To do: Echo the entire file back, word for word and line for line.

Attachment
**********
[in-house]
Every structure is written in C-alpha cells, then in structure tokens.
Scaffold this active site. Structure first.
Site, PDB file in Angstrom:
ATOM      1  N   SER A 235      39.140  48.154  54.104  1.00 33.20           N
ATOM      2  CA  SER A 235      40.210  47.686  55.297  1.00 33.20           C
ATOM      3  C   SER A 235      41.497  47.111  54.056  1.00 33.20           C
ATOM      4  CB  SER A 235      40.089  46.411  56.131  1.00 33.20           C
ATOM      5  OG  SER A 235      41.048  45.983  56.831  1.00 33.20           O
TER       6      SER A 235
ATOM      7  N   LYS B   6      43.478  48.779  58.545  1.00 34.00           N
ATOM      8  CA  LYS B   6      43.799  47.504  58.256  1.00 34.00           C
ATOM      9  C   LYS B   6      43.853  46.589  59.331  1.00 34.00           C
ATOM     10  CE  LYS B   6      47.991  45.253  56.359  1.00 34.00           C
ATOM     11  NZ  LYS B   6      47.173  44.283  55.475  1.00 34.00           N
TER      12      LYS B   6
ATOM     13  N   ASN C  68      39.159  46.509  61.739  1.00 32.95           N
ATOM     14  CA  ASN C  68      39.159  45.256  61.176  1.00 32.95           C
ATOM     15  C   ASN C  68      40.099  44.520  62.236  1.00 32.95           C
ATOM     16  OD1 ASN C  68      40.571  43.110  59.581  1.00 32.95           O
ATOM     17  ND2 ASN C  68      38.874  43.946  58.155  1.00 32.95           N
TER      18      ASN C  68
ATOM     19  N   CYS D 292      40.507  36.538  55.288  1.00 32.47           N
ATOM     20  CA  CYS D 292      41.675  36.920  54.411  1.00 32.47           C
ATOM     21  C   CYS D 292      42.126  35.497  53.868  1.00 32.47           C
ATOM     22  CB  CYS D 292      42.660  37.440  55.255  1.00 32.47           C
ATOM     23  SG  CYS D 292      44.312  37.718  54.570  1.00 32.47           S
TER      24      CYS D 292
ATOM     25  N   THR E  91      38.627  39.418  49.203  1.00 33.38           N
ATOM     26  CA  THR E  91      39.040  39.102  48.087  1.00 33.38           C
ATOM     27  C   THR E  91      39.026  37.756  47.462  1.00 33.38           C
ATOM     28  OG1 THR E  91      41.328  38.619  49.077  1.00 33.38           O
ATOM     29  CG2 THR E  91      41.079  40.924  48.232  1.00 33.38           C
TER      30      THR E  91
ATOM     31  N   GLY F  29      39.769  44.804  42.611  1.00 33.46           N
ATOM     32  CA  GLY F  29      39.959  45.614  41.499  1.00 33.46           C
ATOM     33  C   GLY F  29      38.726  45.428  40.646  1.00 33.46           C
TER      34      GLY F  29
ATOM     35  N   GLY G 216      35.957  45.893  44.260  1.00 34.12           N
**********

[in-house]
Every structure is written in C-alpha cells, then in structure tokens.
Scaffold this active site. Structure first.
Site, PDB file in Angstrom:
ATOM      1  N   SER A 235      39.140  48.154  54.104  1.00 33.20           N
ATOM      2  CA  SER A 235      40.210  47.686  55.297  1.00 33.20           C
ATOM      3  C   SER A 235      41.497  47.111  54.056  1.00 33.20           C
ATOM      4  CB  SER A 235      40.089  46.411  56.131  1.00 33.20           C
ATOM      5  OG  SER A 235      41.048  45.983  56.831  1.00 33.20           O
TER       6      SER A 235
ATOM      7  N   LYS B   6      43.478  48.779  58.545  1.00 34.00           N
ATOM      8  CA  LYS B   6      43.799  47.504  58.256  1.00 34.00           C
ATOM      9  C   LYS B   6      43.853  46.589  59.331  1.00 34.00           C
ATOM     10  CE  LYS B   6      47.991  45.253  56.359  1.00 34.00           C
ATOM     11  NZ  LYS B   6      47.173  44.283  55.475  1.00 34.00           N
TER      12      LYS B   6
ATOM     13  N   ASN C  68      39.159  46.509  61.739  1.00 32.95           N
ATOM     14  CA  ASN C  68      39.159  45.256  61.176  1.00 32.95           C
ATOM     15  C   ASN C  68      40.099  44.520  62.236  1.00 32.95           C
ATOM     16  OD1 ASN C  68      40.571  43.110  59.581  1.00 32.95           O
ATOM     17  ND2 ASN C  68      38.874  43.946  58.155  1.00 32.95           N
TER      18      ASN C  68
ATOM     19  N   CYS D 292      40.507  36.538  55.288  1.00 32.47           N
ATOM     20  CA  CYS D 292      41.675  36.920  54.411  1.00 32.47           C
ATOM     21  C   CYS D 292      42.126  35.497  53.868  1.00 32.47           C
ATOM     22  CB  CYS D 292      42.660  37.440  55.255  1.00 32.47           C
ATOM     23  SG  CYS D 292      44.312  37.718  54.570  1.00 32.47           S
TER      24      CYS D 292
ATOM     25  N   THR E  91      38.627  39.418  49.203  1.00 33.38           N
ATOM     26  CA  THR E  91      39.040  39.102  48.087  1.00 33.38           C
ATOM     27  C   THR E  91      39.026  37.756  47.462  1.00 33.38           C
ATOM     28  OG1 THR E  91      41.328  38.619  49.077  1.00 33.38           O
ATOM     29  CG2 THR E  91      41.079  40.924  48.232  1.00 33.38           C
TER      30      THR E  91
ATOM     31  N   GLY F  29      39.769  44.804  42.611  1.00 33.46           N
ATOM     32  CA  GLY F  29      39.959  45.614  41.499  1.00 33.46           C
ATOM     33  C   GLY F  29      38.726  45.428  40.646  1.00 33.46           C
TER      34      GLY F  29
ATOM     35  N   GLY G 216      35.957  45.893  44.260  1.00 34.12           N